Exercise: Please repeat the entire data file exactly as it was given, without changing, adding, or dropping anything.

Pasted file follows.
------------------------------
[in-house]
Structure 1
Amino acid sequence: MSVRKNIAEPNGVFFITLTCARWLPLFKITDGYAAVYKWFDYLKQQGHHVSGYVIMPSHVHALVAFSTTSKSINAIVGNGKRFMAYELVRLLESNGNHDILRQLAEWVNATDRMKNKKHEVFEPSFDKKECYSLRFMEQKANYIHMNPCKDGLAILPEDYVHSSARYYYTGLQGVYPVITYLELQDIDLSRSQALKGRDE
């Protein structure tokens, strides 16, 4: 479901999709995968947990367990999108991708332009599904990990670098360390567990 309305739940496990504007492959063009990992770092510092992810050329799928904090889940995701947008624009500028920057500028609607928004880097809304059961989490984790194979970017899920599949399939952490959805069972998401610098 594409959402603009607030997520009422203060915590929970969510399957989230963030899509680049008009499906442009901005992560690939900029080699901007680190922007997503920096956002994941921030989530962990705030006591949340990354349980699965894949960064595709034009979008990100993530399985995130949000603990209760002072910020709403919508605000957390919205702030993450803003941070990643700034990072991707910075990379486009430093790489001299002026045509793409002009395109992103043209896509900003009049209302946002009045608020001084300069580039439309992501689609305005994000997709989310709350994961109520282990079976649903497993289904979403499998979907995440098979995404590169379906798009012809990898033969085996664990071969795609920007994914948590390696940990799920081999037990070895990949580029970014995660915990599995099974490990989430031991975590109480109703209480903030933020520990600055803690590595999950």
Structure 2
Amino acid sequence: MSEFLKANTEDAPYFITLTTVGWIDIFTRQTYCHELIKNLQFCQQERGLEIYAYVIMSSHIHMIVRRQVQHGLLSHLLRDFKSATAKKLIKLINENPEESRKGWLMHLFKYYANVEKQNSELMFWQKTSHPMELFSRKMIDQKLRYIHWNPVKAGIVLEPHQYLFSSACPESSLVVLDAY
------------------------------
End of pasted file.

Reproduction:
[in-house]
Structure 1
Amino acid sequence: MSVRKNIAEPNGVFFITLTCARWLPLFKITDGYAAVYKWFDYLKQQGHHVSGYVIMPSHVHALVAFSTTSKSINAIVGNGKRFMAYELVRLLESNGNHDILRQLAEWVNATDRMKNKKHEVFEPSFDKKECYSLRFMEQKANYIHMNPCKDGLAILPEDYVHSSARYYYTGLQGVYPVITYLELQDIDLSRSQALKGRDE
């Protein structure tokens, strides 16, 4: 479901999709995968947990367990999108991708332009599904990990670098360390567990 309305739940496990504007492959063009990992770092510092992810050329799928904090889940995701947008624009500028920057500028609607928004880097809304059961989490984790194979970017899920599949399939952490959805069972998401610098 594409959402603009607030997520009422203060915590929970969510399957989230963030899509680049008009499906442009901005992560690939900029080699901007680190922007997503920096956002994941921030989530962990705030006591949340990354349980699965894949960064595709034009979008990100993530399985995130949000603990209760002072910020709403919508605000957390919205702030993450803003941070990643700034990072991707910075990379486009430093790489001299002026045509793409002009395109992103043209896509900003009049209302946002009045608020001084300069580039439309992501689609305005994000997709989310709350994961109520282990079976649903497993289904979403499998979907995440098979995404590169379906798009012809990898033969085996664990071969795609920007994914948590390696940990799920081999037990070895990949580029970014995660915990599995099974490990989430031991975590109480109703209480903030933020520990600055803690590595999950």
Structure 2
Amino acid sequence: MSEFLKANTEDAPYFITLTTVGWIDIFTRQTYCHELIKNLQFCQQERGLEIYAYVIMSSHIHMIVRRQVQHGLLSHLLRDFKSATAKKLIKLINENPEESRKGWLMHLFKYYANVEKQNSELMFWQKTSHPMELFSRKMIDQKLRYIHWNPVKAGIVLEPHQYLFSSACPESSLVVLDAY